Indianapolis resentment

January 18, 2010
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Nearly a week has passed since the Indiana Fiscal Policy Institute released a study showing urban counties in the state pay more in state taxes than they receive in benefits. In effect, tax revenue flows from cities to rural areas, Ball State University found.

The methodology has been criticized, mainly by people living in rural counties, but the results reflect similar studies in other states.

The study has both confirmed what people in the Indianapolis area have said for a long time—that funding flows are reasonably equitable—and rekindled discussion about the perpetual resentment toward Indianapolis.

State Rep. Bob Behning, a Plainfield Republican, says anti-Indianapolis sentiment is running at about the same fairly high level as when he was elected to the office in 1993. Behning’s District 91 includes parts of Marion and Morgan counties as well as a section of Hendricks County, which was second behind Vanderburgh County in paying more tax than it received.

He witnessed Indianapolis resentment surfacing again during the competition between Marian University in Indianapolis and Indiana Wesleyan University in Marion over the new osteopathic medical school snagged by Marian. One representative from the Marion area suggested Indiana Wesleyan should have gotten it because “Indianapolis has so many things, why don’t we share,” Behning recalls.

“Because people come from varied backgrounds in different communities, there will always be jealousy,” he says. However, Behning adds that Indianapolis is perceived as dragging too many of its problems, such as the Capital Improvement Board’s financial mess, to the doors of the Statehouse.

Nevertheless, he believes most of the resentment is unjustified. Indianapolis gets lots of attention because of its size and the unique issues it contends with—professional sports, for example. And for those same reasons it will for a long time to come.

What’s your take? Does the Indianapolis area get more than its fair share of the pot from the General Assembly? Are there legitimate reasons for the resentment?


 

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  • My take on Indy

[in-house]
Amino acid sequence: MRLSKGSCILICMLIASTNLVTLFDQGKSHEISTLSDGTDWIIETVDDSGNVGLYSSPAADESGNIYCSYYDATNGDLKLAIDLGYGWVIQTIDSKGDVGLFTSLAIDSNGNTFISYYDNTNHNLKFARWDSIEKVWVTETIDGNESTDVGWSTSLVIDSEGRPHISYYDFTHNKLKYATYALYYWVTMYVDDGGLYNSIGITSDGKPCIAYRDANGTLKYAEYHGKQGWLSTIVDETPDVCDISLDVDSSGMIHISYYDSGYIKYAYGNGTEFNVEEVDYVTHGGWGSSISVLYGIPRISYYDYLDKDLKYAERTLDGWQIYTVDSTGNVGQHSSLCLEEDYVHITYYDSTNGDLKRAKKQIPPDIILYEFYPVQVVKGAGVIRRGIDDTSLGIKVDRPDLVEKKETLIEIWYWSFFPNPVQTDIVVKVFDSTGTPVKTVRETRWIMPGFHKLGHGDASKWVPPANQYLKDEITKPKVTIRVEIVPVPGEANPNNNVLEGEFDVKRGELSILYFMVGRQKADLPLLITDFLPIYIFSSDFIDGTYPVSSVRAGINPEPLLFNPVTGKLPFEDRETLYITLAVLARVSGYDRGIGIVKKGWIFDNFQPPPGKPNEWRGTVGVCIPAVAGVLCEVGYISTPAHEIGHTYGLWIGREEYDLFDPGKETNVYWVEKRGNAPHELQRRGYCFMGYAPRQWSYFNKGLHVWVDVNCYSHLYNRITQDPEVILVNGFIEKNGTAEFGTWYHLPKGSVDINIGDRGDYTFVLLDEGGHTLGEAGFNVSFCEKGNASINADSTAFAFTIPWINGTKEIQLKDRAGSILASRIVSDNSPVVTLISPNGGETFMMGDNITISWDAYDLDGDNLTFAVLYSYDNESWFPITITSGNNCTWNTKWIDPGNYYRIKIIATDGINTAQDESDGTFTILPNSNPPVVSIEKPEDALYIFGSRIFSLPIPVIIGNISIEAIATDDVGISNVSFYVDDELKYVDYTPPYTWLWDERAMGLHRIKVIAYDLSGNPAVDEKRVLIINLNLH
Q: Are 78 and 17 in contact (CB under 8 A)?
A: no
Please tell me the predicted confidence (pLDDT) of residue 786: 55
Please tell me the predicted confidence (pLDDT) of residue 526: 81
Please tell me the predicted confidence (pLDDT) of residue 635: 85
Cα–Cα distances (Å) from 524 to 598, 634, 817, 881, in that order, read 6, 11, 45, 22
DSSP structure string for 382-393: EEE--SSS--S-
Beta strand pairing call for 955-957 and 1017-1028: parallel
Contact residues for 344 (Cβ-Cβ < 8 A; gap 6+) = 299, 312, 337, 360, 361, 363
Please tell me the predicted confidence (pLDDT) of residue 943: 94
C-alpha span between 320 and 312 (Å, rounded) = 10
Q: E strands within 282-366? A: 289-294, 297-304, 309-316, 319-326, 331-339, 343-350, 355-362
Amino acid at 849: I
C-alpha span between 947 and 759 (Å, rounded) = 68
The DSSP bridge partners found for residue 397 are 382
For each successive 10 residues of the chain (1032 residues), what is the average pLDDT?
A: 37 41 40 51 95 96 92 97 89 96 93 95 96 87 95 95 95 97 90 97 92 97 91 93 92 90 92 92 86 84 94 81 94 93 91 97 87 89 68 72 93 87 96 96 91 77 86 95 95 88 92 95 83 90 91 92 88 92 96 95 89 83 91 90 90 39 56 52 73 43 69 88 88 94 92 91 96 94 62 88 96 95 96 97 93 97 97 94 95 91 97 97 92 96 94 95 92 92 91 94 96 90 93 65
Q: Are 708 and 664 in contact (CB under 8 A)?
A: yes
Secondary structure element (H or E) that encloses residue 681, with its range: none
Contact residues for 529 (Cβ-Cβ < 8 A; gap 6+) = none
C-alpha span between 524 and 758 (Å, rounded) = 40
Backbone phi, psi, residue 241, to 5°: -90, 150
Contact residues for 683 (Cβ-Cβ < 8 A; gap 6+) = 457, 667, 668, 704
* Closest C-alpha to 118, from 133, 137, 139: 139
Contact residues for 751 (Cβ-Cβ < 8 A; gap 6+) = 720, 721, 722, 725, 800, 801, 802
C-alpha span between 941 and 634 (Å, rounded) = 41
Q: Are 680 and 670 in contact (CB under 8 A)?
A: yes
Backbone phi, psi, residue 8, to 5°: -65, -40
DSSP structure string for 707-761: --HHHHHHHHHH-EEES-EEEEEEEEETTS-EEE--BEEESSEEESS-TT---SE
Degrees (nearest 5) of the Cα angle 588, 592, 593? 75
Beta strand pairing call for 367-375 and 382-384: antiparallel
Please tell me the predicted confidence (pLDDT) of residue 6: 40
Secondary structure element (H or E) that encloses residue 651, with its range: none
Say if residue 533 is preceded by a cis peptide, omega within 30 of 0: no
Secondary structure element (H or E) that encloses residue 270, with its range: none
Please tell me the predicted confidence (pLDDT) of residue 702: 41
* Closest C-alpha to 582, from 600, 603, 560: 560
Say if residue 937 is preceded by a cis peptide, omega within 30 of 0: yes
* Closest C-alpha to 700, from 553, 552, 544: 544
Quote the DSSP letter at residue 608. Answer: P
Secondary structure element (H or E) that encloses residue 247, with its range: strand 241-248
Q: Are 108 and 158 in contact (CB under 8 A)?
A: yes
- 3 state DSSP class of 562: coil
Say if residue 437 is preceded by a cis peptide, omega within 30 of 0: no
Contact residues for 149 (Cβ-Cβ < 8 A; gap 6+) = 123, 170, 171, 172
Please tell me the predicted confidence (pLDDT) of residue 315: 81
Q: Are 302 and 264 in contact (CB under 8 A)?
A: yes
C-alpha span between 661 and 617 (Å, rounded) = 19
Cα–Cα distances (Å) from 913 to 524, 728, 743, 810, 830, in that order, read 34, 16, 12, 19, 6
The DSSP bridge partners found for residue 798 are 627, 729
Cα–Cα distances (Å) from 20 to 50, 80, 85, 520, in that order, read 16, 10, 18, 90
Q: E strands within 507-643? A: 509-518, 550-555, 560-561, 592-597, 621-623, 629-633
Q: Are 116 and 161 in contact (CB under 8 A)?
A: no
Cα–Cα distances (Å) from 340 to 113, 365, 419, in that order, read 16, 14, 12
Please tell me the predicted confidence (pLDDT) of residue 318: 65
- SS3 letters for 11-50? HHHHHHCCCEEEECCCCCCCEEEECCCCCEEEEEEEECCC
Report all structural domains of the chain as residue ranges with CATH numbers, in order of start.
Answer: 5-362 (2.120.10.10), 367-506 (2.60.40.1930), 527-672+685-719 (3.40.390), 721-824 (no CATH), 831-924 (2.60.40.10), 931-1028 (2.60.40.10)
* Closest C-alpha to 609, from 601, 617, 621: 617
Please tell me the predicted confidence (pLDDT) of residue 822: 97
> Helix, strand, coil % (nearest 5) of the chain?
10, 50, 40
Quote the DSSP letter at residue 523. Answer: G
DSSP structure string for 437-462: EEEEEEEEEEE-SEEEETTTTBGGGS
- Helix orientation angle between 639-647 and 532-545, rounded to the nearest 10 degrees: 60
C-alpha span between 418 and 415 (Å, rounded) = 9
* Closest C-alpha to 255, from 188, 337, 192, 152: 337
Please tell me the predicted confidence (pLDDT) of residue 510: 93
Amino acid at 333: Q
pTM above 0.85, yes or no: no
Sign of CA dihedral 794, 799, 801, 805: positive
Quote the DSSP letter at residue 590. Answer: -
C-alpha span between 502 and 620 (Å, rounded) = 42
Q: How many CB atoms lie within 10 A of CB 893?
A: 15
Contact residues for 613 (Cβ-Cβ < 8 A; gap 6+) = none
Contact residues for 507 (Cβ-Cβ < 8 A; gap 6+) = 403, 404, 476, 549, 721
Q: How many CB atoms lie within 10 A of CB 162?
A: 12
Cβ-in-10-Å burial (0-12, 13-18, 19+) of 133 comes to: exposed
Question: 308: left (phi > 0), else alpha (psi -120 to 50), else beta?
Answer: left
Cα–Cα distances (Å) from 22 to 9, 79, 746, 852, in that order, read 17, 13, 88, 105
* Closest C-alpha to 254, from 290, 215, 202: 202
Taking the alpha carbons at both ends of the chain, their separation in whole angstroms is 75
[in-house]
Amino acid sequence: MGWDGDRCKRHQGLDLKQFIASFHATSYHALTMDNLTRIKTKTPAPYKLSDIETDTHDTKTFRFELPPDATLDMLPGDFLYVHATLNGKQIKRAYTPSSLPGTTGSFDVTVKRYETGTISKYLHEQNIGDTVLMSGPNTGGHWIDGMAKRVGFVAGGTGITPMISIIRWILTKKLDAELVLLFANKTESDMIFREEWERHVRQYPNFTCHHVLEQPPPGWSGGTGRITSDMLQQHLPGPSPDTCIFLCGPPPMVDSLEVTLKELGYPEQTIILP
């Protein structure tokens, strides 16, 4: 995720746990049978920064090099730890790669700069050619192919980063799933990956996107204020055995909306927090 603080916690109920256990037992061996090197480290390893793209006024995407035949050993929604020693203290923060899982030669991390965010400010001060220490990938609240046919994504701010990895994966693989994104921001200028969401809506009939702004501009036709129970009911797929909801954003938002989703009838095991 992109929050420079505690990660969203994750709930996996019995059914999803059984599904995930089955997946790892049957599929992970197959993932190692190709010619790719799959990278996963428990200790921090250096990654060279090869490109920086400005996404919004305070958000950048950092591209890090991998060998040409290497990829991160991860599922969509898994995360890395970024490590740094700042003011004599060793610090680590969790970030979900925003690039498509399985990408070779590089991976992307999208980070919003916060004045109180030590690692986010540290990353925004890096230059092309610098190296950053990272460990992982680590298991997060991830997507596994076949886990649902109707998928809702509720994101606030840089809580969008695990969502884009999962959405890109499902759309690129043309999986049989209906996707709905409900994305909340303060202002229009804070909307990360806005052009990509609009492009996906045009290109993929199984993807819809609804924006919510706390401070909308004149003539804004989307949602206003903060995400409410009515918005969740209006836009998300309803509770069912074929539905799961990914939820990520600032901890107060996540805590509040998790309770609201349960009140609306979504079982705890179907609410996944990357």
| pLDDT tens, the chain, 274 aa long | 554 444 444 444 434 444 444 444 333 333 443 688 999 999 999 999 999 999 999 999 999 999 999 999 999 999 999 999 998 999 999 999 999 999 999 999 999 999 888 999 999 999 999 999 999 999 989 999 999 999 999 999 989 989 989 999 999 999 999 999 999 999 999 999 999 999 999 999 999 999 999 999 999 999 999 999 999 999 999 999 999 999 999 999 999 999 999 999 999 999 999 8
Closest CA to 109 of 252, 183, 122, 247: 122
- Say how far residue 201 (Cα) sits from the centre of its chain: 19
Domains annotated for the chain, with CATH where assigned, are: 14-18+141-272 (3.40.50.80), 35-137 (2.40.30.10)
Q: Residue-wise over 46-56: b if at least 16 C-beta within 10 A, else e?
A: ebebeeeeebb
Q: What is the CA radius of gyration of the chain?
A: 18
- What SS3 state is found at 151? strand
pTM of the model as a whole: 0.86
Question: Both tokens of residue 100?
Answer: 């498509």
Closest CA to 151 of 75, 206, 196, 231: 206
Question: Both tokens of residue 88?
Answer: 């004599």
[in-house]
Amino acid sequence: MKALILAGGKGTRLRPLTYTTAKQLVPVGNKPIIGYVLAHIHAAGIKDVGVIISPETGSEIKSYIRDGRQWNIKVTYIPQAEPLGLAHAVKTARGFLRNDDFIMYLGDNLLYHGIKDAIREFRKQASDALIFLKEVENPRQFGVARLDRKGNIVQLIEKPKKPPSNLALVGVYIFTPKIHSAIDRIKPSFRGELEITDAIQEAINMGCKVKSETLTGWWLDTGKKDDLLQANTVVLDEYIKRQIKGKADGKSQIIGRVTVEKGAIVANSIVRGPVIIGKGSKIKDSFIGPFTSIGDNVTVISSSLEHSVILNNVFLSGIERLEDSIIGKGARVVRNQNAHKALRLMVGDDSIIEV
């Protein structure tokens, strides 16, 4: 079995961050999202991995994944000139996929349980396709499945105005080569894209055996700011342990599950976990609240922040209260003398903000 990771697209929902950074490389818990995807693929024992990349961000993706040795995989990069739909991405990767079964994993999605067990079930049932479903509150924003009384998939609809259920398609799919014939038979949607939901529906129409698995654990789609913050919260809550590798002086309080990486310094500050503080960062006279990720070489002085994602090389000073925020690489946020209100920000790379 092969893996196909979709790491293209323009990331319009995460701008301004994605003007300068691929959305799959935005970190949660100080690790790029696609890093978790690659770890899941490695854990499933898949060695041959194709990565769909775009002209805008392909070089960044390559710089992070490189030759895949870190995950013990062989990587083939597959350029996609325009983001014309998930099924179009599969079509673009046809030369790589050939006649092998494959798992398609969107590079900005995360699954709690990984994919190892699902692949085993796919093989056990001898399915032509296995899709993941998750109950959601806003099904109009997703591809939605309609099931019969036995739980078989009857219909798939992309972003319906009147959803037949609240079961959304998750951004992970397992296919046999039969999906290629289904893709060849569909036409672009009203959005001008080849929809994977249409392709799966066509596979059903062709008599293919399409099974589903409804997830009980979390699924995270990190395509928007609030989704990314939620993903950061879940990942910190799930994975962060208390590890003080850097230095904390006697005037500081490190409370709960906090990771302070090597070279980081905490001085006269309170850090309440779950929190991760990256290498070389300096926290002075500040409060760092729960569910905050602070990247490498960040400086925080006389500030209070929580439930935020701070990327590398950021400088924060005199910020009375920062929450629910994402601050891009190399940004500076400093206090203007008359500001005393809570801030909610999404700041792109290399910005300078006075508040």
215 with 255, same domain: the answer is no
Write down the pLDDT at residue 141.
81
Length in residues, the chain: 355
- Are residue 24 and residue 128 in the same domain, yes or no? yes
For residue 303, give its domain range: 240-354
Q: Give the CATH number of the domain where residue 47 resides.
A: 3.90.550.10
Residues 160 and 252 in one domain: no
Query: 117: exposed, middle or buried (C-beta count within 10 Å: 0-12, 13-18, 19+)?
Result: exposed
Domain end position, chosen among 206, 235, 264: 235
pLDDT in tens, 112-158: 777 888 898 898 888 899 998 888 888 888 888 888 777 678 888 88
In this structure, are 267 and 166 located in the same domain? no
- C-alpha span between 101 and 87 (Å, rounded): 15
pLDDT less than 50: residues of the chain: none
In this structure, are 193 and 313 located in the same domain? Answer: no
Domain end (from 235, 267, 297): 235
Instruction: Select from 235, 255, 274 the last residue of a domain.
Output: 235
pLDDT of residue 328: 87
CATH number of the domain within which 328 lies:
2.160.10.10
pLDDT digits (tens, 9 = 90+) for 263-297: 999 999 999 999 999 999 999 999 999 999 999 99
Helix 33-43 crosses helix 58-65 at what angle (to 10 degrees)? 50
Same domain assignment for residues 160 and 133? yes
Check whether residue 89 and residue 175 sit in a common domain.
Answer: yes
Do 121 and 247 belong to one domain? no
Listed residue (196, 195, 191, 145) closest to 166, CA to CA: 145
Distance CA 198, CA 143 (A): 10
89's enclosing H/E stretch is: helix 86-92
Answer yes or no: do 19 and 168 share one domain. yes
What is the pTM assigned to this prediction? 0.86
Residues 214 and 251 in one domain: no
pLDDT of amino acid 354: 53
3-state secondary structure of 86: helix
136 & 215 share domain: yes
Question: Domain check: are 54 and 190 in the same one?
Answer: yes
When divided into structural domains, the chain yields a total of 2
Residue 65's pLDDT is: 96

I think Indy should get more money from the General Assumbly. We live in a time where regions and large cities propel state economies. If you want to attract professional jobs, than you have to be able to put a great product on the table. Indy is the only city in Indiana that has star power right now. Our second biggest city has a laughable downtown, how do expect people to want to live in a city like that? Spend the money where you will get a return-INDY!
    • Out Growth Cost $20 Million Per Mile
      Mayor Brainard USGBC Speech / SMART GROWTH vs:

      The Rise of Sprawl and the Decline of a Nation: and our State

      Sustainable Cityâ??s / Solve City Design Issues / Recreate Walkable Cityâ??s

      By Design: Happy Cars 1 to 5 Mile Grid vs. Happy People Walkable Grid
      No Connectivity; No Grid; Congestions traffic solution: Widen & More Roads????
      Land Capacity vs. Access Capacity / Loss of Quality of Life / Loss of Time /
      2 hrs of Traffic per day

      Bankrupting many Local and State Governments
      Creates: Abandon Housing / Crime / Historic Measures

      Facts:
      Average Household Drives 100 miles Per Day
      Average Lot size = .3 Acre
      Current rate of expansion in U.S. America = 0 Acres left by 2050
      Cost of Transportation / Energy Savings / Drainage Use / Etc.
      Once upon a time: Corner Stores â?? Goshen Indiana (Walk to work)
      Candy Store; Gelato; Bakery; Restaurants; Pharmacy; Coffee = Neighborhoods
      Auto% of households that have cars:
      1895â??1905 1920 1930 1950 1960 Today
      Start of Auto 25% Depression 50% 90% 2.5 cars per household
      â?¦..Not Sustainable Financially / (COSTS:)
      Roads = $5.2 Million per 1 Mile + Land + Sewer + Water + Utilities ++++
      Costs are hidden to Subsidize Sprawl: Road Out; Fire; Police; Utilities; Schools etc.
      = $20 Mil. Per Mile / Expense Spent Towards Out Growth
      ���Creating the Fiscal Problems of Today
      Solutions = â??Public & Private Partnership Investments Help Cities Growâ?? â?? Hudnut

      Solutions by Design:
      Urban Growth Boundaryâ??s / Force Public Investment Capital Back into Center

      Infill / Reconnect to the Center / Public Redevelopment Tool Box:
      Environmental Clean Up
      Housing
      Infrastructure
      Energy Sustainability
      Economic Development

      Solutions: Better Quality of Life / by Design:
      City & State Spending $ where they can get return on investment
      Create better Walkable road systems with in our walkable community
      Complete the Streets with Multi Modes of transportation
      Density Done Well â?? Mixed Use with in our Historic Commercial Nodes
      Pocket Parks â?? Reconnect our Neighborhoods our communityâ??s and our people.

      Cityâ??s and Neighborhoods that are walkable are the ones that will succeed
      Demand Reinvestment into the Center of our most dense locations and communityâ??s vs. Sprawl The Rise of Sprawl and the Decline of a Nationâ?¦Subsidized by the foreign investment

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